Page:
We do indeed live in strange times – even more so since this week on two separate occasions (in public) the eurosceptic Conservative
party have courted the European Union and voiced their support for it… Their election slogan is "Ready for Change" but are they actually "ready for change" vis-à-vis Europe?
In a speech last Thursday
(11th) the Conservative's shadow foreign secretary William Hague
, said that the Tories would play a "leading role in the EU
" if they arrived back in power.
If that wasn’t surprising enough, he then called the EU “an institution of enormous importance to the United Kingdom and its foreign policy,
” and that it was the Conservatives’ intention to be active in Brussels, “energetically engaging with our partners.
” (Finished choking on your snack/meal/coffee/tea yet?)
This is obviously rather a different tone than what we’ve previously heard and seen from the Tories vis-à-vis Europe - remember that this is the party headed by the anti-EU David Cameron who instructed his MEPs to leave the majority EPP
grouping within the European Parliament to form their own group on the sidelines pledging to take back power from Europe if elected Prime Minister… Strange...
Anyway, the latest Tory campaign praising and in support of the EU has arrived in light of a leaked document from the European Commission
due for release tomorrow (Wednesday 17th) which is set to condemn the British government for not tackling its huge public deficit incurred through fiscal stimulus’ introduced to reinvigorate the economy and that it needs to be cut faster than anticipated.
The Tories have consequently leapt these excerpts with George Osborne
, the shadow Chancellor, leading the offensive proclaiming it as “a heavy blow for Gordon Brown's credibility
The draft report, leaked to the news agency Reuters
, warned that "a credible timeframe for restoring public finances to a sustainable position requires additional fiscal tightening measures beyond those currently planned,
” and that “the overall conclusion is that the fiscal strategy in the convergence programme is not sufficiently ambitious and needs to be significantly reinforced.
"The Conservatives have been arguing that we need to reduce our record budget deficit more quickly in order to support the recovery,
" Mr Osborne said. "Our argument is backed by credit rating agencies, business leaders, international investors and now the European Commission.
Fellow Tory, Charles Clarke
, who was also a former Chancellor of the Exchequer and one of the (very very extremely) rare pro-EU party members, said that the statement from Brussels was a "statement of the obvious
" and insisted that the government should put in place immediate plans to reduce the national debt. "What has to be done now is to get this debt rapidly under control and get rid of the bulk of the structural deficit during the next parliament,
” he said.
The Prime Minister Gordon Brown, who has long been a supporter of Europe (and the Euro although not as much as his predecessor Tony Blair) and spoken in favour of it many times, however, has changed tact in a press conference in Downing Street today hitting back at the EU. He said “we have the most ambitious plan of any of the advanced countries for reducing our deficit… but what we will not do is put the recovery at risk.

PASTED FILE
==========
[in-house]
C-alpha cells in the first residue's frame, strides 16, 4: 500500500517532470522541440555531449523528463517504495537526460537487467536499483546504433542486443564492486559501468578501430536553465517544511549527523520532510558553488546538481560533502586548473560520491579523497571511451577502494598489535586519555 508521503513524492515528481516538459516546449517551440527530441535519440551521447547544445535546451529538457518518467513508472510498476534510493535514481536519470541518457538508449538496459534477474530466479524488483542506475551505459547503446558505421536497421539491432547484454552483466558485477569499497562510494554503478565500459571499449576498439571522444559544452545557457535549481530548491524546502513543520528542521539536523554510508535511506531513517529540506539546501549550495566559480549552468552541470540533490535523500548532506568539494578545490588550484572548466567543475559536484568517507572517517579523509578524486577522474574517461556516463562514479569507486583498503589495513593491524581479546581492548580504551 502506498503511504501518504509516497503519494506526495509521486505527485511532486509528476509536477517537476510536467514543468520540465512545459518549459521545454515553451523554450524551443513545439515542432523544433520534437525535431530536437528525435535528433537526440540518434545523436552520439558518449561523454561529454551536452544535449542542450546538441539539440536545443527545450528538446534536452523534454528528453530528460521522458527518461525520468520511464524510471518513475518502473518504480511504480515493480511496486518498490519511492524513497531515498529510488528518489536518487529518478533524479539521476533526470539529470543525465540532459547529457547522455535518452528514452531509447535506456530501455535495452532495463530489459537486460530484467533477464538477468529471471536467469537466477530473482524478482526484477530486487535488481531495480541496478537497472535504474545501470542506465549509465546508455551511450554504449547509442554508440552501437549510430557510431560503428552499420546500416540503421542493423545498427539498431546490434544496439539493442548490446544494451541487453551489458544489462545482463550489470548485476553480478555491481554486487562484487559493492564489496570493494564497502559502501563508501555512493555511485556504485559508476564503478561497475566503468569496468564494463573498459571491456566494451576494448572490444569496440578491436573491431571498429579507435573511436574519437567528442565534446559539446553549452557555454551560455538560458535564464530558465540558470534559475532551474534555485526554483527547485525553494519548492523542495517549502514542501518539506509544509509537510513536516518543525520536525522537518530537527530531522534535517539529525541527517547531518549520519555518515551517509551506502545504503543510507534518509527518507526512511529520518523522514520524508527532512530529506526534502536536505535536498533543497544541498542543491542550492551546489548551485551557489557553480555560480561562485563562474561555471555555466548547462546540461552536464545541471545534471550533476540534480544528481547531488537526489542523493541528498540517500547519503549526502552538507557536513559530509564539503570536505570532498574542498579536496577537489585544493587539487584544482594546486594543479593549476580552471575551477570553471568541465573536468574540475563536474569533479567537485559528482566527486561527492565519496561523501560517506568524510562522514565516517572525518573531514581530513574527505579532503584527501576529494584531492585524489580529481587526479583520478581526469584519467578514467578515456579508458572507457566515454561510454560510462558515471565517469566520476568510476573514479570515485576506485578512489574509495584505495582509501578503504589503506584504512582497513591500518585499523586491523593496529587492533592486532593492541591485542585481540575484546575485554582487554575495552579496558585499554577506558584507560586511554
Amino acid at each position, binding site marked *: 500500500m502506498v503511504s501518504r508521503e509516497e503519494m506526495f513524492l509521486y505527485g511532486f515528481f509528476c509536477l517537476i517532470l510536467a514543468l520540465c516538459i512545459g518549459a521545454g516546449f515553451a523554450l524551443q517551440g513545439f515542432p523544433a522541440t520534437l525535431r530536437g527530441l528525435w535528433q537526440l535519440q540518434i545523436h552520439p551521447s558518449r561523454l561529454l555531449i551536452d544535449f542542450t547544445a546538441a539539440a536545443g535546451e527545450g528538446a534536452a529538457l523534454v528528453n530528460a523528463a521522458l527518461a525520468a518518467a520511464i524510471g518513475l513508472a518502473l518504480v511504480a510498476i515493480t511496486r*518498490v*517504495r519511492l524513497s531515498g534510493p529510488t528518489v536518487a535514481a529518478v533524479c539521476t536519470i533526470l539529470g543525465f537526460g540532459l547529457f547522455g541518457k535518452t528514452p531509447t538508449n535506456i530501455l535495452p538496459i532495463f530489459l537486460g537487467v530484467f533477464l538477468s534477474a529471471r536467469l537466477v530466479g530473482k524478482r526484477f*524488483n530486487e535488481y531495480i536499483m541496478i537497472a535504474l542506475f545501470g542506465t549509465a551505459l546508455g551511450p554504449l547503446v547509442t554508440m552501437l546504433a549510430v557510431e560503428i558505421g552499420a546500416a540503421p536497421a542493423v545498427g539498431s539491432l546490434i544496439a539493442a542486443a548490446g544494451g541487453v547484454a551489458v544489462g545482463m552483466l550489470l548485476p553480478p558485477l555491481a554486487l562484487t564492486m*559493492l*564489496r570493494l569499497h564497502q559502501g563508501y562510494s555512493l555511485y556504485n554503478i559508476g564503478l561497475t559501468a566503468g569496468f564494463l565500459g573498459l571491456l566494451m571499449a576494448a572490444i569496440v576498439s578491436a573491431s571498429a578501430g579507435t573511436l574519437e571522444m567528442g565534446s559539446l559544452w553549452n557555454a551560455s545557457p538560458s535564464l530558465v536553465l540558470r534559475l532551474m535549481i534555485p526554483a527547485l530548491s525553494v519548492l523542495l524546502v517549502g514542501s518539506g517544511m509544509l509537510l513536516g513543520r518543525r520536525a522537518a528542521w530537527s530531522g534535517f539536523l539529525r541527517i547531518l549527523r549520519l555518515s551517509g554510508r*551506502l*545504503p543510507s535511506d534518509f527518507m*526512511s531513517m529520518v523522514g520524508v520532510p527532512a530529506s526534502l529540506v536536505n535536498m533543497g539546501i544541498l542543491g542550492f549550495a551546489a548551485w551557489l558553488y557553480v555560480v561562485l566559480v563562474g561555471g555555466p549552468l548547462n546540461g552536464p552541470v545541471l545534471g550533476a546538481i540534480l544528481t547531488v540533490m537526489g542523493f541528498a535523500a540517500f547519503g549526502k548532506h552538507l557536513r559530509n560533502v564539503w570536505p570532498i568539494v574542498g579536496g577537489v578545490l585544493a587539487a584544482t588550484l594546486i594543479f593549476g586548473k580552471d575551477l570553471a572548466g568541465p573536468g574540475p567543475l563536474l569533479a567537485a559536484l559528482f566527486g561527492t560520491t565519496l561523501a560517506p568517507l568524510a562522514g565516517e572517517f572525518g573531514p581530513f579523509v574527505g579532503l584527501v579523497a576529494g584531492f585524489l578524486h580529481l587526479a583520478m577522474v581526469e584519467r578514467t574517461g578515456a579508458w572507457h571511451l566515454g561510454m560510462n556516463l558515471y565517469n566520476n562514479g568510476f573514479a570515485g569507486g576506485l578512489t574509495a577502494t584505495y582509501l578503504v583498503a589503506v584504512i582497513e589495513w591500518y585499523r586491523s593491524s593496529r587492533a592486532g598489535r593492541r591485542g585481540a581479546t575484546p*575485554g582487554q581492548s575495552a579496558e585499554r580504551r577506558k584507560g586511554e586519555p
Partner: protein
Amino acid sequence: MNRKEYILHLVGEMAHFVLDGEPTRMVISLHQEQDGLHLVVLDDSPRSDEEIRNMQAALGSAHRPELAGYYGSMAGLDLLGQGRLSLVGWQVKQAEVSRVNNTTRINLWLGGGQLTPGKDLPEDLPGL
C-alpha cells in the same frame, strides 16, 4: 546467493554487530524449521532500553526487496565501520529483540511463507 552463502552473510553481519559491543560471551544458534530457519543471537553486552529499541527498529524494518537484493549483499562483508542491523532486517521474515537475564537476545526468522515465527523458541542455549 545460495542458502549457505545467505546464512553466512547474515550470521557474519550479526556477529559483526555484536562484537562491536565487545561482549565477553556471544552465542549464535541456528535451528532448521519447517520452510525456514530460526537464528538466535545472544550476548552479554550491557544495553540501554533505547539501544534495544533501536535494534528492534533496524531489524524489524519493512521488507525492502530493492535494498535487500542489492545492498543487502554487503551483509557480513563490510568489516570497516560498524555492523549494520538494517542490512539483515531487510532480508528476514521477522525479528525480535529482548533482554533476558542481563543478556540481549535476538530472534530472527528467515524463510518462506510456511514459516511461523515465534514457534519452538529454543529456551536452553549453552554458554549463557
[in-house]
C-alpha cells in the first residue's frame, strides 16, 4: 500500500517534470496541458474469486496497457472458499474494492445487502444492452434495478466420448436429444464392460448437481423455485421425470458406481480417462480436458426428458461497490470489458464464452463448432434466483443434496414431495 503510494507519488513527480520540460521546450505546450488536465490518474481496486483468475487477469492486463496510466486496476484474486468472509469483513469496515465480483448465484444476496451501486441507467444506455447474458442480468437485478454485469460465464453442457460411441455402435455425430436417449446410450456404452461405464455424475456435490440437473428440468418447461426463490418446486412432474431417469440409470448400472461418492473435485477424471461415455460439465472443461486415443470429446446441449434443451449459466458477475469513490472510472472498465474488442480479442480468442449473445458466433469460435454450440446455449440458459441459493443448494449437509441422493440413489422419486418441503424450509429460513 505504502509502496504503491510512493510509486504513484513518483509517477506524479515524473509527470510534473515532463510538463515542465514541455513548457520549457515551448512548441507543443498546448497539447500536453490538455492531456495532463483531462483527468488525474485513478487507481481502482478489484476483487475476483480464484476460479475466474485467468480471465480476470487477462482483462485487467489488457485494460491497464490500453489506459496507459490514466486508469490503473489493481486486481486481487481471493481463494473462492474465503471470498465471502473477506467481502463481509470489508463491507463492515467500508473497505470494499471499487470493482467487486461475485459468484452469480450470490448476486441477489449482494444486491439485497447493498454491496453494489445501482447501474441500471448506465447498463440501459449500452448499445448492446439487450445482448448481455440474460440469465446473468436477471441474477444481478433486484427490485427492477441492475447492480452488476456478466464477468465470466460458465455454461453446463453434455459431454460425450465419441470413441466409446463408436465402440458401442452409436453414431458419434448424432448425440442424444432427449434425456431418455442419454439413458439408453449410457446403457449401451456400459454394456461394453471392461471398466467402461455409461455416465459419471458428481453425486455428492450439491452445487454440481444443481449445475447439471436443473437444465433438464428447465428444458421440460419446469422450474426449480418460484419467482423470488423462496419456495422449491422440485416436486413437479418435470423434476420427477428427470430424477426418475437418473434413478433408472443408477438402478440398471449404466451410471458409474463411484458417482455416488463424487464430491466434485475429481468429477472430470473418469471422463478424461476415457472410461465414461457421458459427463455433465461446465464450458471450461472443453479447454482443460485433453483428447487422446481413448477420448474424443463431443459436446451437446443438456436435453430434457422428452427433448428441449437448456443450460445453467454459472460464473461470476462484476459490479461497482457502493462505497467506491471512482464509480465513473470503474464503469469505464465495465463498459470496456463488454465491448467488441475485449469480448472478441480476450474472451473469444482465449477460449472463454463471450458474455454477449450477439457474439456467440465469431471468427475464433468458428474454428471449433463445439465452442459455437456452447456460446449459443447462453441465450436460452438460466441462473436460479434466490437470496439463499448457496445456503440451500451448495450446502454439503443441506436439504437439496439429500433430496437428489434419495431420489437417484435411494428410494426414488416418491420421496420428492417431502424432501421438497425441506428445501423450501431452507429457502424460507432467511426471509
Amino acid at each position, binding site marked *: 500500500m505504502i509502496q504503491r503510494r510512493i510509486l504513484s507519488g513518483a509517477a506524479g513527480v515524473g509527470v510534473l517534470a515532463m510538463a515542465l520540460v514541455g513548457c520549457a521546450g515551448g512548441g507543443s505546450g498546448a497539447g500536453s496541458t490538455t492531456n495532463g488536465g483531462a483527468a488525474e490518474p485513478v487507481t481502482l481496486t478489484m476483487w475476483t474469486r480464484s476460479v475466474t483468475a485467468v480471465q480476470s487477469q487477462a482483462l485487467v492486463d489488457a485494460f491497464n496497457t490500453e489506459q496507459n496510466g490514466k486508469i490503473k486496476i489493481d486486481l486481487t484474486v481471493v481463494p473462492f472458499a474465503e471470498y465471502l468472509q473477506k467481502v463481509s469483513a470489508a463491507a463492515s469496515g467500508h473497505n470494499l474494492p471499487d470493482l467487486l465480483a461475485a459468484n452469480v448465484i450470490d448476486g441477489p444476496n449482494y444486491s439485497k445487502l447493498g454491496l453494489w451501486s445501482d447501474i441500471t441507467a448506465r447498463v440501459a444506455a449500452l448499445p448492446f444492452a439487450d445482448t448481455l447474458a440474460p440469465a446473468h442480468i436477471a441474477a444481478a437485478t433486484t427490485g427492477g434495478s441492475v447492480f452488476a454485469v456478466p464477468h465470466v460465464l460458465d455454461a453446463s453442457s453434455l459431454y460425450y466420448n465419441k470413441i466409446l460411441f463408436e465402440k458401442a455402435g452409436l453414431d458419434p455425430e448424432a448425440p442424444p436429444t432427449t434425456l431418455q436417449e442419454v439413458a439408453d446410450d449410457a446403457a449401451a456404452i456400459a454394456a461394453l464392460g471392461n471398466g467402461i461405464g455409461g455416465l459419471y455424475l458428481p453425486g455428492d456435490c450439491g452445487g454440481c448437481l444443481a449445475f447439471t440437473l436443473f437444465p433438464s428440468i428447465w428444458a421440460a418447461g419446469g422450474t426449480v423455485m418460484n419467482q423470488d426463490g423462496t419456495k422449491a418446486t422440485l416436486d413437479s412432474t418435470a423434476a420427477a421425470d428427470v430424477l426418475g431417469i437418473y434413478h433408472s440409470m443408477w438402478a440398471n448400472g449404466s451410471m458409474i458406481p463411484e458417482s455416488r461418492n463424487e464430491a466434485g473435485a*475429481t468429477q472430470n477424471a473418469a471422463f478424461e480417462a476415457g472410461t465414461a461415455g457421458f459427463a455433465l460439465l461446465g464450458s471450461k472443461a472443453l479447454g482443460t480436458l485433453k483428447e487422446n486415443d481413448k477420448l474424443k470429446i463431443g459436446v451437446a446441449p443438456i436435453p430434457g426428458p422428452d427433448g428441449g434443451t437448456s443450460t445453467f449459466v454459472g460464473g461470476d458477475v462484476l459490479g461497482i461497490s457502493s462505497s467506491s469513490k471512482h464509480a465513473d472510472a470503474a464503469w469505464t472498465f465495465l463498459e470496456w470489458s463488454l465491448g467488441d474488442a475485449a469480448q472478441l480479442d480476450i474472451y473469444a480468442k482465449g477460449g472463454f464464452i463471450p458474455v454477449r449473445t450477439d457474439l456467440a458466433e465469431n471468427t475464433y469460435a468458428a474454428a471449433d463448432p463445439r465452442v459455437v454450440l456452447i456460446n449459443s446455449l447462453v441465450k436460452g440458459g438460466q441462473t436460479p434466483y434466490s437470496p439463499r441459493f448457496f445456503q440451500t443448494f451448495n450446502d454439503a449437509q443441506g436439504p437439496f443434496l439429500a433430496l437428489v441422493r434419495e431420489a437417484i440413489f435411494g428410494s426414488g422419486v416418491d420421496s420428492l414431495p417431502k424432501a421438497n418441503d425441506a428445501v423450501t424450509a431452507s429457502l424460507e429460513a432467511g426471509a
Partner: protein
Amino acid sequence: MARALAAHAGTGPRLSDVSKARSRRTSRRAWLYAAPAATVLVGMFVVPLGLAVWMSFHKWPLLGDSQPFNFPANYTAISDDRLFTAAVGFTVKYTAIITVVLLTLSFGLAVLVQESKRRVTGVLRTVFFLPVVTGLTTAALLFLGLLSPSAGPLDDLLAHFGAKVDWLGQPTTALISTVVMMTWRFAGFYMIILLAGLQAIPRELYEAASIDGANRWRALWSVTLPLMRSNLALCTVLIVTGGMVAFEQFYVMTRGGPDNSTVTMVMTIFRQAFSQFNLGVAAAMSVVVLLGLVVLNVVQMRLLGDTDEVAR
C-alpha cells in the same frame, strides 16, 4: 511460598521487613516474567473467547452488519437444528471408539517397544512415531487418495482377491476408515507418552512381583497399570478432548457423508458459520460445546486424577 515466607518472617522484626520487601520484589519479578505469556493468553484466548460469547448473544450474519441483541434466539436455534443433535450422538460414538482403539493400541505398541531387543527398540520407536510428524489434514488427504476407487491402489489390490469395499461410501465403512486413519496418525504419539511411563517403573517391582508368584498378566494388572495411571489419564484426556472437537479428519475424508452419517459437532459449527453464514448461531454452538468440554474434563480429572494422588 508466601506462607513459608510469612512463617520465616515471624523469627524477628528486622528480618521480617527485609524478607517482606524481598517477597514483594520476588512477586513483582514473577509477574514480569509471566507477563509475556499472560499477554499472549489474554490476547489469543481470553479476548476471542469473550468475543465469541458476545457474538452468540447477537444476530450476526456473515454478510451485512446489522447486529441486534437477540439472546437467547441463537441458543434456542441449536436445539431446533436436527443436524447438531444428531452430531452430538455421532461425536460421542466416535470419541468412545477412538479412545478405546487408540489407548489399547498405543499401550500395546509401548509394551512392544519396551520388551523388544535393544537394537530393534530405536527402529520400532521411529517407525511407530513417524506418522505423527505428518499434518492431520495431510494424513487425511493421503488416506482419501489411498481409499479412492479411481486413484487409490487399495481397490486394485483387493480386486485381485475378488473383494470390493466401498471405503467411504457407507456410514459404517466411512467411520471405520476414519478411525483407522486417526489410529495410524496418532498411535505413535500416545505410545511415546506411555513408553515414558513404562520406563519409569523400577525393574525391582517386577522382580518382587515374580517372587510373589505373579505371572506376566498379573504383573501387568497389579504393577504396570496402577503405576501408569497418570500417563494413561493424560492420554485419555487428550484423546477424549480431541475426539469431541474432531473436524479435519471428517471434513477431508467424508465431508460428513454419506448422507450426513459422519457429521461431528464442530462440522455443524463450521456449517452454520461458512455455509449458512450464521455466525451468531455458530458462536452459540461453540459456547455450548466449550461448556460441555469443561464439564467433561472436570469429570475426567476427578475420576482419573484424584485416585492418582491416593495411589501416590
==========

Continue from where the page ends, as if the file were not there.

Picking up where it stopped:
“The European Commission,
” he said, “has made clear that we should not have the fiscal stimulus removed until the recovery is assured.
He then launched into his final and most telling attack stating “we will therefore make the best decisions for Britain, for British growth and for British jobs”.
Now that sounds like something you would expect to hear from the Conservative Party…Chris Bryant
, the Labour government’s Minister for Europe, said last week in an interview
that “the Conservatives' willingness to isolate Britain on the world stage would make achieving crucial foreign policy goals much more difficult
” and that “the Conservatives continue to obsessively put their Eurosceptic agenda ahead of the interests of British businesses and are also prepared to threaten the vital work we do with our European allies on defence issues.
Strong words, but at least they are not ambiguous…
Contrast Mr Hague’s words in the speech which seem to contradict what he said in an interview with the Financial Times
in which he said the Conservatives had made “a strategic decision
” not to pick a fight with Europe if they won the election, that a Tory government "would try to repatriate powers in employment and social law and fundamental civil rights from Brussels, if other EU member states insisted on a treaty change" and warned that there were limits to his tolerance of EU integration and suggested that future battles lie ahead over defence and any proposals to create a European Monetary Fund
(editor's note - more on that later).
It would appear therefore that the Tories are starting to admit publicly that they recognise the importance of Britain’s role in the European Union, but yet still have nothing more than words to express it. The danger is that once (and if) they do get into power, these words will just become political manifesto material and forgotten and buried once elected.
If that is indeed the case, perhaps we are not living is such strange times…